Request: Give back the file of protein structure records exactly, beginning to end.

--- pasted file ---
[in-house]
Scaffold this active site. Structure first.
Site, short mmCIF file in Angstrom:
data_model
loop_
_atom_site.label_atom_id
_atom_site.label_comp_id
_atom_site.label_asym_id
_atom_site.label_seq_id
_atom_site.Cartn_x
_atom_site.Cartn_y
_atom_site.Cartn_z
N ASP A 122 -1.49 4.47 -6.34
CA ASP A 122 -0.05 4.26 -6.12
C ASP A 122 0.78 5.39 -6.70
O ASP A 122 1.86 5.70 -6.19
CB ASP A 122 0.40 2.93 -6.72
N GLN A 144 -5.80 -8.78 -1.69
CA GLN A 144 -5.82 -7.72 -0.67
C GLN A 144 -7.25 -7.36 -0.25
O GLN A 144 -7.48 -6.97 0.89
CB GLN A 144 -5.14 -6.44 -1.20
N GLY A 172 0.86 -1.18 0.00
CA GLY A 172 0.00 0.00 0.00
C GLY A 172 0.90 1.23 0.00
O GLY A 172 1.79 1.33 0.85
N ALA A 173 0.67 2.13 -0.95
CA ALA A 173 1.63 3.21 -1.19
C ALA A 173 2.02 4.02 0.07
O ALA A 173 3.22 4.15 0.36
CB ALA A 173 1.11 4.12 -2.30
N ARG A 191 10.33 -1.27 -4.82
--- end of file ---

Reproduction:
[in-house]
Scaffold this active site. Structure first.
Site, short mmCIF file in Angstrom:
data_model
loop_
_atom_site.label_atom_id
_atom_site.label_comp_id
_atom_site.label_asym_id
_atom_site.label_seq_id
_atom_site.Cartn_x
_atom_site.Cartn_y
_atom_site.Cartn_z
N ASP A 122 -1.49 4.47 -6.34
CA ASP A 122 -0.05 4.26 -6.12
C ASP A 122 0.78 5.39 -6.70
O ASP A 122 1.86 5.70 -6.19
CB ASP A 122 0.40 2.93 -6.72
N GLN A 144 -5.80 -8.78 -1.69
CA GLN A 144 -5.82 -7.72 -0.67
C GLN A 144 -7.25 -7.36 -0.25
O GLN A 144 -7.48 -6.97 0.89
CB GLN A 144 -5.14 -6.44 -1.20
N GLY A 172 0.86 -1.18 0.00
CA GLY A 172 0.00 0.00 0.00
C GLY A 172 0.90 1.23 0.00
O GLY A 172 1.79 1.33 0.85
N ALA A 173 0.67 2.13 -0.95
CA ALA A 173 1.63 3.21 -1.19
C ALA A 173 2.02 4.02 0.07
O ALA A 173 3.22 4.15 0.36
CB ALA A 173 1.11 4.12 -2.30
N ARG A 191 10.33 -1.27 -4.82